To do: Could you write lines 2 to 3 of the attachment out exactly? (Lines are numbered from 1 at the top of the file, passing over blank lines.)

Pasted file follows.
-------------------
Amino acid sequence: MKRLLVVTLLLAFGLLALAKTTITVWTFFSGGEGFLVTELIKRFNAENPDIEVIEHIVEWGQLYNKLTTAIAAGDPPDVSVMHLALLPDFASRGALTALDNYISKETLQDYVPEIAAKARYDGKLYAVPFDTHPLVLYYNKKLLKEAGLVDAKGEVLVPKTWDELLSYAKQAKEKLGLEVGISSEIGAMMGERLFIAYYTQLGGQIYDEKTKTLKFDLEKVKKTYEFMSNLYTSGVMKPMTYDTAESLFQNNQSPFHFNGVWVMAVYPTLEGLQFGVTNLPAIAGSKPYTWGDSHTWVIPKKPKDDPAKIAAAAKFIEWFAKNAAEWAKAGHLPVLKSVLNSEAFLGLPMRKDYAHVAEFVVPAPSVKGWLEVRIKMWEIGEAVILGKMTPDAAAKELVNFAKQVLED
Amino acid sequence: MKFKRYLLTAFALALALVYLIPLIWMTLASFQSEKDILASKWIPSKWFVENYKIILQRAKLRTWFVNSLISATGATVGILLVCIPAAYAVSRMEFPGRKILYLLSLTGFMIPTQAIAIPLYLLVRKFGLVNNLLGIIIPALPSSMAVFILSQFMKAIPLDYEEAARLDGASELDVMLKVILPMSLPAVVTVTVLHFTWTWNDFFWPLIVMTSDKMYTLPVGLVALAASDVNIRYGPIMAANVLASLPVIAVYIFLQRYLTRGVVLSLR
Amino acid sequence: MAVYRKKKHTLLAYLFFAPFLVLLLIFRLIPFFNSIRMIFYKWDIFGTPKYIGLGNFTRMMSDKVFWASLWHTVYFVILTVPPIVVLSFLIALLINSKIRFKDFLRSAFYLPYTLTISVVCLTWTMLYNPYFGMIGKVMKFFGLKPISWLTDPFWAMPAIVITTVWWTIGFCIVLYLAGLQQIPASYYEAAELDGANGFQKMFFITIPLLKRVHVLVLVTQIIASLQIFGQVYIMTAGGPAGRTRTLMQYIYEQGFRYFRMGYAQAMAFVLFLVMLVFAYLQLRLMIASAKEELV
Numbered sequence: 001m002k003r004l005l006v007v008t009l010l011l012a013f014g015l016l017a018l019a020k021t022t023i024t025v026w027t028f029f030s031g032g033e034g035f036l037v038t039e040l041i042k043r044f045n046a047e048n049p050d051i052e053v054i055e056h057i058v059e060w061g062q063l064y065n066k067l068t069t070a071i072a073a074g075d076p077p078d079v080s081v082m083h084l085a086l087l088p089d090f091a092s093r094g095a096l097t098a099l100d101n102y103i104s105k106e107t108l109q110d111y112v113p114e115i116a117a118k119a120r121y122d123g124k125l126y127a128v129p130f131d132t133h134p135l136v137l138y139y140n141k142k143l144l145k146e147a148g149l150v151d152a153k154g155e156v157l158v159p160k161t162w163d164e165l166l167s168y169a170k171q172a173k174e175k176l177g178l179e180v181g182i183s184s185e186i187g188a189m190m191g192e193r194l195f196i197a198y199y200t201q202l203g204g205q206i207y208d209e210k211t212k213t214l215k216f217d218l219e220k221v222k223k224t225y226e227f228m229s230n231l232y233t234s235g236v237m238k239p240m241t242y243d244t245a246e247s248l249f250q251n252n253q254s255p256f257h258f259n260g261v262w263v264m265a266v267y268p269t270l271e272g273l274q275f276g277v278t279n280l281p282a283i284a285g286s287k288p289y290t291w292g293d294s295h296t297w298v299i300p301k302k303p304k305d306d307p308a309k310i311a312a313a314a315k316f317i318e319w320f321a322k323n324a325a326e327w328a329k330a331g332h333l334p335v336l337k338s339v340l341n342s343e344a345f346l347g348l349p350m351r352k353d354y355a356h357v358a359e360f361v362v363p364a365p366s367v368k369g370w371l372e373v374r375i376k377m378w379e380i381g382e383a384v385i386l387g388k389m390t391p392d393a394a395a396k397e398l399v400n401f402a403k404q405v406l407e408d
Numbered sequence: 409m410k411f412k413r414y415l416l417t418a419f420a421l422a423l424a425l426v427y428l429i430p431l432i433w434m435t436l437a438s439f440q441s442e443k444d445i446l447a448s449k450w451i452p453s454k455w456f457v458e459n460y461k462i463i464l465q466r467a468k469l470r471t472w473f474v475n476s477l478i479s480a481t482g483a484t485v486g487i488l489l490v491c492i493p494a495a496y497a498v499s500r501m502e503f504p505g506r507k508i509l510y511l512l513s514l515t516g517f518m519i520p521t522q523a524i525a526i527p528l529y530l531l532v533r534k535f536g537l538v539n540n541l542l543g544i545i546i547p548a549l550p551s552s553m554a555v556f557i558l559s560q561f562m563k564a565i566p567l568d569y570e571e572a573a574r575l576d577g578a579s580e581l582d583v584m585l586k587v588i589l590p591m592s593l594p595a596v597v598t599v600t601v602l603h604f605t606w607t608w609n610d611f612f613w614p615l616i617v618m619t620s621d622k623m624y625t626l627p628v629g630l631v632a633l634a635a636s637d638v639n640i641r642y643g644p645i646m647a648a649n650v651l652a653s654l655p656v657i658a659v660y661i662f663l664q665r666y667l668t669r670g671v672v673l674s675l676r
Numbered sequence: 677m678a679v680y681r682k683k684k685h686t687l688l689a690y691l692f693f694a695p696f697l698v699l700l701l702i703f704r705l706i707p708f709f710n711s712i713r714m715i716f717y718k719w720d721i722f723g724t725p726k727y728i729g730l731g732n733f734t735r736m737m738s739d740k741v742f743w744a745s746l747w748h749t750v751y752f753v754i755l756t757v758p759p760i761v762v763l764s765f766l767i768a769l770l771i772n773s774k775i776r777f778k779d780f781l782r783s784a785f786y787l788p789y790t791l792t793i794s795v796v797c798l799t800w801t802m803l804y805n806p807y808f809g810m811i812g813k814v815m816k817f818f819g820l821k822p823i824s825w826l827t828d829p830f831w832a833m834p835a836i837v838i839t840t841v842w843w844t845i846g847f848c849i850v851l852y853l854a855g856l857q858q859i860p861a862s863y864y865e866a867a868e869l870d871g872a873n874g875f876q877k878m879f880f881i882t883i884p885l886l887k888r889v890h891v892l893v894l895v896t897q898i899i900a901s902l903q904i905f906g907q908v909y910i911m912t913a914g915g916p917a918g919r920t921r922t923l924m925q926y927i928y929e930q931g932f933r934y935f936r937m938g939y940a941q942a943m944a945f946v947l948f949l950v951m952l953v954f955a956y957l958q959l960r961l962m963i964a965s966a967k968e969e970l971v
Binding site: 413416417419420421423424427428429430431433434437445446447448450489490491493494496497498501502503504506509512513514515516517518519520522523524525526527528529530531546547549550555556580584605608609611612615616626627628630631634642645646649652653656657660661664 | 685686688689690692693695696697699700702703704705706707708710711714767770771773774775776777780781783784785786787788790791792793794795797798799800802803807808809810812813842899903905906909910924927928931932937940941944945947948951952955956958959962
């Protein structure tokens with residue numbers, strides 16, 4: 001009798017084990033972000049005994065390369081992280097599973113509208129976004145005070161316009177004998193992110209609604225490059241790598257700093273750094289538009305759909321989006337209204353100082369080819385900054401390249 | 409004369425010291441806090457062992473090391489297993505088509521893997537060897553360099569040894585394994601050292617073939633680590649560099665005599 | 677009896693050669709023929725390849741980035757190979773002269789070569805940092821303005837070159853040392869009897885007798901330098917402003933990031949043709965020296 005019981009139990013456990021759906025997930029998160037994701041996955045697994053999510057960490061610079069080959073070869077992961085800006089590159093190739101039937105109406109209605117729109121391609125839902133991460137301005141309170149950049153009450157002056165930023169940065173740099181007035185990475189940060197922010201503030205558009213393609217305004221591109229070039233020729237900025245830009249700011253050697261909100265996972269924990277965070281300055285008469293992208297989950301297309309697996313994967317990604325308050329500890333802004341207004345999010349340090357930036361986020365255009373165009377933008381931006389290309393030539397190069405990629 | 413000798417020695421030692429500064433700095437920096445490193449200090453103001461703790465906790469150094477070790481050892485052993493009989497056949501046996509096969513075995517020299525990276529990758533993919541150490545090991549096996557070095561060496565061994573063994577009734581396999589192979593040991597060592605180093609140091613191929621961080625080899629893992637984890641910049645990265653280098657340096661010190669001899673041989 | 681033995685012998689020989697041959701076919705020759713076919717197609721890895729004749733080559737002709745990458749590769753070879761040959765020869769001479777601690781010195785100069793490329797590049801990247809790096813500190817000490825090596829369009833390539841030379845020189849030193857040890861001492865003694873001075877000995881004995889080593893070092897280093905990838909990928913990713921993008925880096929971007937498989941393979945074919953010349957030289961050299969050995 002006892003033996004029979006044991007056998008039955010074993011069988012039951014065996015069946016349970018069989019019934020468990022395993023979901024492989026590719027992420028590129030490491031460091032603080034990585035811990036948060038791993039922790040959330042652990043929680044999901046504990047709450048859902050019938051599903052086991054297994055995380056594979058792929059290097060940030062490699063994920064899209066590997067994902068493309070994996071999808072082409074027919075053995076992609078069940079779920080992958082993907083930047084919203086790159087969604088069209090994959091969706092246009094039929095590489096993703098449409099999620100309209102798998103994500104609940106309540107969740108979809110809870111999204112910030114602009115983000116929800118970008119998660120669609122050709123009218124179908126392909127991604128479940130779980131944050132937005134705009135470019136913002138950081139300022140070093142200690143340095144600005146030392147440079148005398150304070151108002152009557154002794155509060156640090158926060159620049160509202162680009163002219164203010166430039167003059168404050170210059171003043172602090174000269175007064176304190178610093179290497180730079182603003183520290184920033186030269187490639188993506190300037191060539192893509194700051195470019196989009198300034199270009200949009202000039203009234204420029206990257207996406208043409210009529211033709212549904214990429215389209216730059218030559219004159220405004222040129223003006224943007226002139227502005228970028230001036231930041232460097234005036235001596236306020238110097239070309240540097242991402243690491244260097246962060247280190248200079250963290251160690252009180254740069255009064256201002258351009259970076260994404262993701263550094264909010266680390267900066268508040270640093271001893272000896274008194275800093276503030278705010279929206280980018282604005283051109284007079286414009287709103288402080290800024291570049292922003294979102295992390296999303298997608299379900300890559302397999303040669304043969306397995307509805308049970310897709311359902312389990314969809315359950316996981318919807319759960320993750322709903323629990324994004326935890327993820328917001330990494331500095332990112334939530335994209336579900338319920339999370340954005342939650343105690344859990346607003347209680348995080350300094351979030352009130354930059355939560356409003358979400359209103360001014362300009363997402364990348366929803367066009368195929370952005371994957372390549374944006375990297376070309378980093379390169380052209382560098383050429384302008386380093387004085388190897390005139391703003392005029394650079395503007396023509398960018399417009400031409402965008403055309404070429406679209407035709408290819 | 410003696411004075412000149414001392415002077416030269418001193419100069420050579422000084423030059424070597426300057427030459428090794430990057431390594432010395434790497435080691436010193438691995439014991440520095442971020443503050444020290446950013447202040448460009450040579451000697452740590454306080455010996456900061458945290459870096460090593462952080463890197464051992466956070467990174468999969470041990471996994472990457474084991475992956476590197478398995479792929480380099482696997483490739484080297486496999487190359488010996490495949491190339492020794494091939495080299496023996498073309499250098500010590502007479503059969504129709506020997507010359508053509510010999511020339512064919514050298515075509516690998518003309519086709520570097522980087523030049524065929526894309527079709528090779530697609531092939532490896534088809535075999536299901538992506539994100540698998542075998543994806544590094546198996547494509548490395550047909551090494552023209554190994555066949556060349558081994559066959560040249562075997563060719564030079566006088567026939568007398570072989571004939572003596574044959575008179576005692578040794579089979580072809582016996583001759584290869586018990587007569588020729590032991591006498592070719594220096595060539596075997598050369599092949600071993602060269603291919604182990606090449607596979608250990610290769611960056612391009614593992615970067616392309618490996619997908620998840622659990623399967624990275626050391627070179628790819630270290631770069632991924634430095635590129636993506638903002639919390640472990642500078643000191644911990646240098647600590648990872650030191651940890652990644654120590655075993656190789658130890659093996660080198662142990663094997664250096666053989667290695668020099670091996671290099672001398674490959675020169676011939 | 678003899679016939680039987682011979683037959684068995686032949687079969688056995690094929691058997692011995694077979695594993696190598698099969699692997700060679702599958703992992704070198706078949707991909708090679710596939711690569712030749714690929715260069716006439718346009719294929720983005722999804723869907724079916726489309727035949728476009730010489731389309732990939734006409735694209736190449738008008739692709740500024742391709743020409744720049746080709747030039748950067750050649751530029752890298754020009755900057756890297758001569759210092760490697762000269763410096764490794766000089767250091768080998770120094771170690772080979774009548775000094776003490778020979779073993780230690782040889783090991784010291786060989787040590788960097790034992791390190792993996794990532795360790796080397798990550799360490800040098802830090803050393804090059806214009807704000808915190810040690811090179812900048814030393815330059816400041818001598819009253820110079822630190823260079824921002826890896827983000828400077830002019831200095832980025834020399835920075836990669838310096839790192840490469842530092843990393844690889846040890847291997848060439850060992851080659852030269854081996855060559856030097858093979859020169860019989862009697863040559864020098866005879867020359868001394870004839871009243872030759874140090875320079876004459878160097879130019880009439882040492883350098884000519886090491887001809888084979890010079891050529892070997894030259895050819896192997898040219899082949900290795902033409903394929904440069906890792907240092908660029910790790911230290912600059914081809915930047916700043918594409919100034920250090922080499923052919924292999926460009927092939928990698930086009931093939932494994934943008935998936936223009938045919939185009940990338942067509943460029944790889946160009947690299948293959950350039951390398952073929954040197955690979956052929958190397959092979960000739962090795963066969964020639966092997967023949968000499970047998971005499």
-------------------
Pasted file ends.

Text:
Amino acid sequence: MKFKRYLLTAFALALALVYLIPLIWMTLASFQSEKDILASKWIPSKWFVENYKIILQRAKLRTWFVNSLISATGATVGILLVCIPAAYAVSRMEFPGRKILYLLSLTGFMIPTQAIAIPLYLLVRKFGLVNNLLGIIIPALPSSMAVFILSQFMKAIPLDYEEAARLDGASELDVMLKVILPMSLPAVVTVTVLHFTWTWNDFFWPLIVMTSDKMYTLPVGLVALAASDVNIRYGPIMAANVLASLPVIAVYIFLQRYLTRGVVLSLR
Amino acid sequence: MAVYRKKKHTLLAYLFFAPFLVLLLIFRLIPFFNSIRMIFYKWDIFGTPKYIGLGNFTRMMSDKVFWASLWHTVYFVILTVPPIVVLSFLIALLINSKIRFKDFLRSAFYLPYTLTISVVCLTWTMLYNPYFGMIGKVMKFFGLKPISWLTDPFWAMPAIVITTVWWTIGFCIVLYLAGLQQIPASYYEAAELDGANGFQKMFFITIPLLKRVHVLVLVTQIIASLQIFGQVYIMTAGGPAGRTRTLMQYIYEQGFRYFRMGYAQAMAFVLFLVMLVFAYLQLRLMIASAKEELV